Originally published April 1 2015
Apple growers fearful that non-labeled GMO apples could tarnish the entire apple industry
by Amy Goodrich
(NaturalNews) Recently, the U.S. Department of Agriculture (USDA) approved the first genetically modified "arctic" apple, developed by the Canadian biotech company Okanagan Specialty Fruits Inc., which is designed to resist browning.
Check out the difference between a non-browning Arctic® Golden and a conventional Golden Delicious here: YouTube.com.
While apple growers fear the new apple, the company says these apples will prove to be very popular and increase the sales of all apples worldwide. They think that more people will buy apples when they are pre-sliced, fresh-looking and ready to eat.
The New York Times reported Neal Carter, founder of Okanagan Specialty Fruits Inc., saying, "A whole apple is 'for many people too big a commitment. If you had a bowl of apples at a meeting, people wouldn't take an apple out of the bowl. But if you had a plate of apple slices, everyone would take a slice.'"
Despite the huge opposition, the "Frankenapples" will first be available in the Golden Delicious and Granny Smith varieties. According to Carter, the first non-browning apples will be on the market in the US and Canada by 2016-2017, and slowly hit the rest of the world in the coming years.
Apple growers worldwide are opposed against the approval. They think the arctic apple may harm and undermine the healthy and natural image an apple has. Although the apple will be labeled "Arctic," a label that clearly states the apple is GMO is not mandatory.
Fred Steele of the British Columbia Fruit Growers' Association said that it is going to be too hard for the consumer to make a decision in the grocery store. He predicts that many of us will leave apples out of our daily diet because of the uncertainty of the origin and whether they are safe or not for human consumption.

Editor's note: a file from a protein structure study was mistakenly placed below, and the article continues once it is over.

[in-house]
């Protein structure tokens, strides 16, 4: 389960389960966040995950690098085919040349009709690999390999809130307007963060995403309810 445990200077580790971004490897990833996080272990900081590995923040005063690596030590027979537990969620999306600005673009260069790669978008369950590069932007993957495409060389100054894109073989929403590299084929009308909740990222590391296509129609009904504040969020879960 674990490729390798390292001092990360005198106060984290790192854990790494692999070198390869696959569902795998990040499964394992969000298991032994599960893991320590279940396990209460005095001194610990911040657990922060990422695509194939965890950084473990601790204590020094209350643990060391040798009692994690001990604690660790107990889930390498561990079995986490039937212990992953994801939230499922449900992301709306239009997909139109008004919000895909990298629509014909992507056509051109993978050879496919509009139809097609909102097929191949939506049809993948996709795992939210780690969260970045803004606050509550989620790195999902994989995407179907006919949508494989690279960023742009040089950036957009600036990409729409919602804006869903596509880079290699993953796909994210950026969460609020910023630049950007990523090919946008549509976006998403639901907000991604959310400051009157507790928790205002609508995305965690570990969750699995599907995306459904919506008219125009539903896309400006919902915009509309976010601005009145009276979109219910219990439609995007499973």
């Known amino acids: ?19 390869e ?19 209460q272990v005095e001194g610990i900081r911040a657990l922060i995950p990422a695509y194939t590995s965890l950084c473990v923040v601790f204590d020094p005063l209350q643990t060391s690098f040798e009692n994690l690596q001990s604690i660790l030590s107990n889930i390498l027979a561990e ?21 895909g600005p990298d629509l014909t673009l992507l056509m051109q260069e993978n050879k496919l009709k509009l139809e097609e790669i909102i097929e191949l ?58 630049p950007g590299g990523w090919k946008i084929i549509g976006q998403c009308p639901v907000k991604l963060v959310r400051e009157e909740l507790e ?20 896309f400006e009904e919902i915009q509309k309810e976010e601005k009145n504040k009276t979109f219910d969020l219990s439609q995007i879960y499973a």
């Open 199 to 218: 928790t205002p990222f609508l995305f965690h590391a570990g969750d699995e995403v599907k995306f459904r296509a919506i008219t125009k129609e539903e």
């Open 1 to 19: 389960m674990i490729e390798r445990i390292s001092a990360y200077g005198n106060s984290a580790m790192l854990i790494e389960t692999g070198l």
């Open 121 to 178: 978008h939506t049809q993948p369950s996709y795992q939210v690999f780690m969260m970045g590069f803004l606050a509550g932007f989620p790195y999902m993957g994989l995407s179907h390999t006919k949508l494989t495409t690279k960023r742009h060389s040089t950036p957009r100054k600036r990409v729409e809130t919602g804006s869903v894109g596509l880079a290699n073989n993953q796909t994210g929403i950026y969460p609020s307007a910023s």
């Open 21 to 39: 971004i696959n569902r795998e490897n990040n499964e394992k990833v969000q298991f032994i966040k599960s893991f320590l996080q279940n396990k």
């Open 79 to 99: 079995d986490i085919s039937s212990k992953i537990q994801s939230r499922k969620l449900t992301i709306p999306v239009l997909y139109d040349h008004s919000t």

The Okanagan Specialty Fruits Company understands the concern of the public and apple growers but says that there is no reason to label the apples or to be scared for our health when eating the non-browning GMO varieties.
"All we've done is turn a gene off, so there's no foreign proteins. That apple is the apple you've always eaten," said Carter.
Many people in the apple industry said that there was actually little need for such a trait. When we want to put apples in a fruit salad or into a child's lunchbox and don't want them to turn brown, fresh lemon juice does the job just fine.
"We really just think it's a solution to a problem that doesn't exist," said Sarah Dobec, a board member of the Canadian Organic Growers based in Toronto. "Apples brown for a reason and that's nature telling us that it's slowly degrading or oxidizing, so to remove that function of the biology of the apple doesn't seem to serve anybody really."
The only ones who will benefit are the people who produce and sell these apples. Carter got the idea from the carrot market. Before cut-up baby carrots existed, carrots weren't a popular fast and healthy snack option. So Carter wondered if he could do the same with the apple. He believes sliced apples which don't turn brown or need lemon juice can be the next huge, money-generating food craze.
"This whole thing is just another big experiment on humans for no good reason," said Ronnie Cummins, director of the Organic Consumers Association, to Reuters.
Also, read Mike Adams' (a.k.a. the Health Ranger and creator of NaturalNews.com) article for more info about how the arctic apple is made and why you should opt for the real, natural thing instead: NaturalNews.com.
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